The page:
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Unveiling spectacular: Arthur Ashe Stadium roof debuts

By Ashley Marshall
Tuesday, August 02, 2016

Redefining spectacular. That is how the USTA's vision and motivation was described almost three years ago when plans to build a retractable roof over Arthur Ashe Stadium were first unveiled at a Manhattan hotel.

Those ambitious and revolutionary plans came to fruition – witnessing spectacular – on Tuesday with the first public demonstration of the $150 million roof opening and closing over the US Open's primary show court.

Gone are the days when rain delays will substantially interrupt play inside the 23,771-seat stadium, the largest tennis arena on the planet, and that key fact was not lost on USTA President and US Open Chairwoman Katrina Adams.

“Uh oh. Did I just feel rain?” Adams joked at the start of the presentation, held under beautiful blue skies with not a drop of rain in sight. “Well guess what? That does not matter anymore. A plan more than 10 years in the making will literally come to a close before your very eyes.

“The 2016 US Open will be truly historic. A lot of bold thinking, incredible hard work and strategic problem-solving went into getting us to this day.”

The ceremony included speeches by USTA Executive Director and Chief Operating Officer Gordon Smith, USTA Billie Jean King National Tennis Center Chief Operating Officer Danny Zausner and president of Rossetti architecture design firm, Matt Rossetti.

“We told you we were going to transform the USTA Billie Jean King National Tennis Center and we were going to redefine spectacular,” Smith said. “We told you the US Open deserved nothing less than the best tennis venue in the world and we knew that the most world class of cities deserved nothing less.”

Also on hand was American tennis icon Billie Jean King and Jeanne Ashe, the wife of legend Arthur Ashe, after whom the stadium is named, who pushed the buttons to open and close the roof. National media outlets and USTA employees also took their seats in the lower bowl of the stadium to watch history unfold.

The retractable roof is the centerpiece in a $550-million project that will eventually see 85 percent of the grounds' 42 acres completely overhauled. That renovation includes a new 8,125-seat grandstand stadium in the southwest corner of the site, 10 field courts rebuilt from the ground up and, in 2018, a new Louis Armstrong Stadium.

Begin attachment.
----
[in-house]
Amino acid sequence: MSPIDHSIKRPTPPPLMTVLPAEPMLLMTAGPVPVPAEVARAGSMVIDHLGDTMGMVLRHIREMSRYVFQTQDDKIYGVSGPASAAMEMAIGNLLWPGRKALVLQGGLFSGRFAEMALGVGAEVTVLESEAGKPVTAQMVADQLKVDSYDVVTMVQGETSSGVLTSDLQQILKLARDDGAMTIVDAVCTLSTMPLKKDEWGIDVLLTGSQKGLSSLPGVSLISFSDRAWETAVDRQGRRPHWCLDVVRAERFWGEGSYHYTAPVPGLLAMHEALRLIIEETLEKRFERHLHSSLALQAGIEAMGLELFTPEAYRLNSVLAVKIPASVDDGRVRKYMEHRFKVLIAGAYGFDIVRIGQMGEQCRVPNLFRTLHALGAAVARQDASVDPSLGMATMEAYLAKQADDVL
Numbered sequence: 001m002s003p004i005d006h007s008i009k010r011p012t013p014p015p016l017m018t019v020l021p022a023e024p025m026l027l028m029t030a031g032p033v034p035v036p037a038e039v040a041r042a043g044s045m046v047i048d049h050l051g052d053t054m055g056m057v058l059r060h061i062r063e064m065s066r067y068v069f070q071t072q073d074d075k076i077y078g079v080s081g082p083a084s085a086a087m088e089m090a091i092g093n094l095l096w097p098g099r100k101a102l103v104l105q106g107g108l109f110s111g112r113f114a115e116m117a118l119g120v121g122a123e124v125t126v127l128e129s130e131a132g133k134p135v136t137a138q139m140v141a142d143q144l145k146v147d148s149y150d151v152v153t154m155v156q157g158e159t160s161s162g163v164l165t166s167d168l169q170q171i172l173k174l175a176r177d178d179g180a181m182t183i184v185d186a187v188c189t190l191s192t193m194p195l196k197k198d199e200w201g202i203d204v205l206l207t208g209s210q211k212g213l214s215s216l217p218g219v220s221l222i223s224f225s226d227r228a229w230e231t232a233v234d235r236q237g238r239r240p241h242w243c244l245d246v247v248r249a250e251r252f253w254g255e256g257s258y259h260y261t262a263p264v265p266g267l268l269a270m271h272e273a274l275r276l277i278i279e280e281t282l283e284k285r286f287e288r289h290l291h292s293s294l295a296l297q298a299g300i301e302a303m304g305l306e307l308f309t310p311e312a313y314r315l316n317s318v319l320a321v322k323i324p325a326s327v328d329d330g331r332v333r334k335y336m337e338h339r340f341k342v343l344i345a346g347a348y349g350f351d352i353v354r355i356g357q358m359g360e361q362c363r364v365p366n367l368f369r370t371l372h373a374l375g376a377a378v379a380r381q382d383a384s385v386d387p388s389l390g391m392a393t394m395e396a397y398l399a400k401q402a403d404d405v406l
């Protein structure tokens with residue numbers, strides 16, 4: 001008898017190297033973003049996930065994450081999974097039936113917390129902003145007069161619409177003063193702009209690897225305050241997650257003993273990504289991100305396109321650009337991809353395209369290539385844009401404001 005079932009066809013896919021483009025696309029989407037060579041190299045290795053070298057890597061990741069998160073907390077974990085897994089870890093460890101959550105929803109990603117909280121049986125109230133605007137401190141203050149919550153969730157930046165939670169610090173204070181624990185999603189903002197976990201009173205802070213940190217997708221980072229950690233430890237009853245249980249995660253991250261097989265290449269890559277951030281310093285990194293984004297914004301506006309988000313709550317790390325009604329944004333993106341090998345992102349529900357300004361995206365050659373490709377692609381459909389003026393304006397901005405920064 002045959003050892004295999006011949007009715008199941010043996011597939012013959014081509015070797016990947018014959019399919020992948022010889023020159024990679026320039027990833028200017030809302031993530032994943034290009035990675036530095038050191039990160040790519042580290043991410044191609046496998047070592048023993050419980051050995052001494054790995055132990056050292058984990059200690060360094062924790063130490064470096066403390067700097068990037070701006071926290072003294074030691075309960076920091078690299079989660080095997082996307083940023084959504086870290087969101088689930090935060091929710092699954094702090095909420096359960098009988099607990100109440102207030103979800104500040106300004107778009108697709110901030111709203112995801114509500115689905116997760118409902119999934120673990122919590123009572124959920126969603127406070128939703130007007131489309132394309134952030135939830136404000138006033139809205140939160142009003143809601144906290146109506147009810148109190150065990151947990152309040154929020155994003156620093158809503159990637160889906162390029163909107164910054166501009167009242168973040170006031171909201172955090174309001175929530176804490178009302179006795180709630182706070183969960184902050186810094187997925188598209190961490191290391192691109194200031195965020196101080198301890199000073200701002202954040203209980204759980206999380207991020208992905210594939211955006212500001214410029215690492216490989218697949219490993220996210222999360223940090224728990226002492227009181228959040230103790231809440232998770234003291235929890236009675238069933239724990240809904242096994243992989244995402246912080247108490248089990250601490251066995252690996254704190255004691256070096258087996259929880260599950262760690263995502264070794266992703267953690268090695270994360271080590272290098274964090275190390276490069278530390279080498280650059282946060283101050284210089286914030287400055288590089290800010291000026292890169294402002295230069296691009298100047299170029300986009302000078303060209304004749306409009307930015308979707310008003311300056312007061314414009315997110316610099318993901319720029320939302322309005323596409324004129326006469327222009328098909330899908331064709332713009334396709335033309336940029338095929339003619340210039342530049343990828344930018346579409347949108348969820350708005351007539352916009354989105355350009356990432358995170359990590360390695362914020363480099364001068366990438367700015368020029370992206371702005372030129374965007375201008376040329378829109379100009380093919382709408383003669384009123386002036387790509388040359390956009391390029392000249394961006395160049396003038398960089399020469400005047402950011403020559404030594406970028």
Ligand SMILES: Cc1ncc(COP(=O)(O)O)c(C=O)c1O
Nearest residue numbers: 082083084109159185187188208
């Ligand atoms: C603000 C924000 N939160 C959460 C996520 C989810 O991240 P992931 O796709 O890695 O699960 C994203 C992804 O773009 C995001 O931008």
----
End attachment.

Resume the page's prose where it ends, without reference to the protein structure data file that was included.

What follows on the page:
Construction on the roof took place in stages around the US Open, starting after the 2013 tournament. Each steel and concrete-filled piling is 180 feet below the surface, which would allow a Manhattan skyscraper to be built on the site. The steelwork for the roof, which can withstand hurricane-strength winds, was completed between the 2014 and 2015 events, and the retractable roof components and the teflon-coated fiberglass cover were installed between the 2015 and 2016 competitions.

The result is a 270,400-square-foot roof with a 63,500-square-foot opening, the largest of all the Grand Slam venues and big enough to fit Wimbledon's Centre Court inside. Making up the retractable portion of the roof are two gigantic panels which weight about 800 tonnes and glide on 27-inch steel wheels along a track. In total, more than 5,500 tons of steel used during the construction.

When the roof is closed –- it takes about six-and-a-half minutes to close the structure – a cooling system will kick in to control the heat and humidity inside the stadium, which would hold 2.6 billion tennis balls.

“What you’re seeing in motion above you today is an absolute dream come true for me, my staff and a dozen of other consulting firms,” Rossetti said. "The complexity … is mindboggling because frankly as you watch the roof in action, it’s what you don’t see that is most fascinating.

"There are more than four dozen sensors and computers tracking the precise movement of the roof so that to keep it in perfect alignment all along the tracks on each side as it rolls down the tracks at approximately 25 feet per minute. That allows us to open and close the roof at a moment’s notice and in under six minutes.”

Organizers have insisted from the beginning that the tournament will still be an outdoor event, but the new roof means that backlogs with matches and Monday finals are now a thing of the past.

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